The Penthouse Vs. Playboy Rivalry
Ford vs. GM.
Hertz vs. Avis.
Pepsi vs. Coke. There are plenty of famous brand rivalries, but in the world of adult entertainment, few can match Playboy vs. Penthouse. Along with Hustler, they’re the most famous gentlemen’s magazines in existence, and through the years, they’ve played a game of one-upmanship. In a recent column published by the Daily Beast, Bob Guccione recalled the rivalry between his father, Penthouse Magazine founder Bob Guccione Sr., and Hugh Hefner, the man famous for creating Playboy Magazine.
“My father hated Hugh Hefner. Which I always thought was irrational and, by the end of his life, just force of habit, something he no longer felt with any real emotion, a default position for which the source code had long been lost,” Guccione Jr. said.
Hefner launched Playboy in 1953, inspiring Guccione to create his own lad mag, Penthouse, 11 years later. Through the 1960s and early ’70s, the two publications attempted to outpace each other in terms of explicitness. The race was dubbed the “Pubic Wars” and has become such a familiar part of the pop culture of the era that it even has its own Wikipedia page! Penthouse is usually acknowledged to have “won” the war, as Playboy decided to move back toward softcore content after a poorly received cover shot of a model with her hand plunged in her underwear. “Playboy was smart to get out when it did, its reputation and its gloss of sophistication still intact,” former Playboy Advisor writer Frank M. Robinson said in his memoirs.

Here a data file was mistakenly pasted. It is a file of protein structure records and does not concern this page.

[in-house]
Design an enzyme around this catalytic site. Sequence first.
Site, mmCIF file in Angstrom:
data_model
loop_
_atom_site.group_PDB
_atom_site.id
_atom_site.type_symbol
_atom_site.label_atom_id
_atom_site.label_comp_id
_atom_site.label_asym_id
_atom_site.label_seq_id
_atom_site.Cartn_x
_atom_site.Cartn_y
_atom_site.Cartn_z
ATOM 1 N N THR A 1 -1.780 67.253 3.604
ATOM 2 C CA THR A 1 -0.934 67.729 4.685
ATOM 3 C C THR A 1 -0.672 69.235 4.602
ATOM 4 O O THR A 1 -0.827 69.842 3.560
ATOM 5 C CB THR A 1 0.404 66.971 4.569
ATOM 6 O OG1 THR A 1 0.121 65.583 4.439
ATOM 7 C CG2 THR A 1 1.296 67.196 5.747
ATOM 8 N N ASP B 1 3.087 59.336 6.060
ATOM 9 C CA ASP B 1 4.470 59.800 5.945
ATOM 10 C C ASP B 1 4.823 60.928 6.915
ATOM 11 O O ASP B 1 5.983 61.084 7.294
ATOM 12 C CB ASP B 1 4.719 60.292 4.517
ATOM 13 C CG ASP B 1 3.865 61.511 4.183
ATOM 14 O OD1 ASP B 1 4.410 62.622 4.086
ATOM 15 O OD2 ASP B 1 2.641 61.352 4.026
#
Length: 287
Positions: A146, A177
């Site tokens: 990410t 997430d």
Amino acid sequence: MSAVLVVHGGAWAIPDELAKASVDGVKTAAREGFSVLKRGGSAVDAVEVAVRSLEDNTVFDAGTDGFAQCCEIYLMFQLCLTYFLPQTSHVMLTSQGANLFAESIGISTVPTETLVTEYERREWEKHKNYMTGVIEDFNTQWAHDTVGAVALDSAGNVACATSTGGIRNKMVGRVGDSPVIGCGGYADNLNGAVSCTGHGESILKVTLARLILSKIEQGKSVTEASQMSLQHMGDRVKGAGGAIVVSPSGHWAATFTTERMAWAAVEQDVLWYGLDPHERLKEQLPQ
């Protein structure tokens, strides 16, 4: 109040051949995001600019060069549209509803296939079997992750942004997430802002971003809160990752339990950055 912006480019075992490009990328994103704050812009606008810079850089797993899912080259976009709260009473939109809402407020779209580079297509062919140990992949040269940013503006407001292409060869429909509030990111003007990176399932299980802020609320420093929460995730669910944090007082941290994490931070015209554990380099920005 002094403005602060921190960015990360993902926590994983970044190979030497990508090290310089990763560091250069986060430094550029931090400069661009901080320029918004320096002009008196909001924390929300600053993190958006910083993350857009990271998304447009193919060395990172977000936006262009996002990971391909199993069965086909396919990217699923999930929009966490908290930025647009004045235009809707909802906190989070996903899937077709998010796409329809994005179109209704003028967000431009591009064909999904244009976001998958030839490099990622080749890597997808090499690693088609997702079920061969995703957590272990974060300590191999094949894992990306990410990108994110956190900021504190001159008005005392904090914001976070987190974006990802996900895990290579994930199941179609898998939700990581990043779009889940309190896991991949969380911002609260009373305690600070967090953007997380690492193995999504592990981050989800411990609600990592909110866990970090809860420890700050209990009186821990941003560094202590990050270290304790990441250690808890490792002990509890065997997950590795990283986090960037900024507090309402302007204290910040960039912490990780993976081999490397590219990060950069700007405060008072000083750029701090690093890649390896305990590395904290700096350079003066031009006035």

Even after having won the battle with Hefner, Guccione Sr. still felt he may have lost the war. “Hefner resented that my father was the usurper. My father resented that, even though Penthouse passed Playboy, he never vanquished Hefner, never replaced him in the American psyche as the Alpha male. My father was always the brasher, cockier, bolder – but always the outsider,” Guccione said.
The arrival of the ultra-explicit Hustler Magazine in 1974 meant that neither magazine could complete for the title of most hardcore publication anymore. As a result, Playboy became a softcore magazine, even flirting with a non-nude format for a time, while Penthouse has vacillated between hardcore and soft. (Its latest iteration under editor Kelly Holland is more explicit than Playboy but still much tamer than Hustler.)
While the Pubic Wars are long gone, Playboy did recently mark a milestone of a different kind: Ines Rau, featured in the November/December 2017 edition of the magazine, was the company’s first-ever transgender Playmate.